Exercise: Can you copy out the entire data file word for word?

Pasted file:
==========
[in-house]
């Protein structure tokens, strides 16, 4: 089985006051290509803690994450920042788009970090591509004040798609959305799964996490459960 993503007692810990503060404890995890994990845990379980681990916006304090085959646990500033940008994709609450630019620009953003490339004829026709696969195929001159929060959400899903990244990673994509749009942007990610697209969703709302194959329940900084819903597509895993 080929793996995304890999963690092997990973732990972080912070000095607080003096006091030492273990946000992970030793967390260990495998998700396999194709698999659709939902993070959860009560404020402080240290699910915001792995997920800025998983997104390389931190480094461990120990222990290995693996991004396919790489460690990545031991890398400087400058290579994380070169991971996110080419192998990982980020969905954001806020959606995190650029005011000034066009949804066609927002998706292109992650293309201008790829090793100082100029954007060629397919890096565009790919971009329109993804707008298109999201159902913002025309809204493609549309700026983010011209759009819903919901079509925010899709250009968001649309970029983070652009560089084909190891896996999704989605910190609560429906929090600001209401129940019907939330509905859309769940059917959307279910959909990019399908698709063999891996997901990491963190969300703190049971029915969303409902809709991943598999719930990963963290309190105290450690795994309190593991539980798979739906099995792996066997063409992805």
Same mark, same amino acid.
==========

[in-house]
């Protein structure tokens, strides 16, 4: 089985006051290509803690994450920042788009970090591509004040798609959305799964996490459960 993503007692810990503060404890995890994990845990379980681990916006304090085959646990500033940008994709609450630019620009953003490339004829026709696969195929001159929060959400899903990244990673994509749009942007990610697209969703709302194959329940900084819903597509895993 080929793996995304890999963690092997990973732990972080912070000095607080003096006091030492273990946000992970030793967390260990495998998700396999194709698999659709939902993070959860009560404020402080240290699910915001792995997920800025998983997104390389931190480094461990120990222990290995693996991004396919790489460690990545031991890398400087400058290579994380070169991971996110080419192998990982980020969905954001806020959606995190650029005011000034066009949804066609927002998706292109992650293309201008790829090793100082100029954007060629397919890096565009790919971009329109993804707008298109999201159902913002025309809204493609549309700026983010011209759009819903919901079509925010899709250009968001649309970029983070652009560089084909190891896996999704989605910190609560429906929090600001209401129940019907939330509905859309769940059917959307279910959909990019399908698709063999891996997901990491963190969300703190049971029915969303409902809709991943598999719930990963963290309190105290450690795994309190593991539980798979739906099995792996066997063409992805």
Same mark, same amino acid.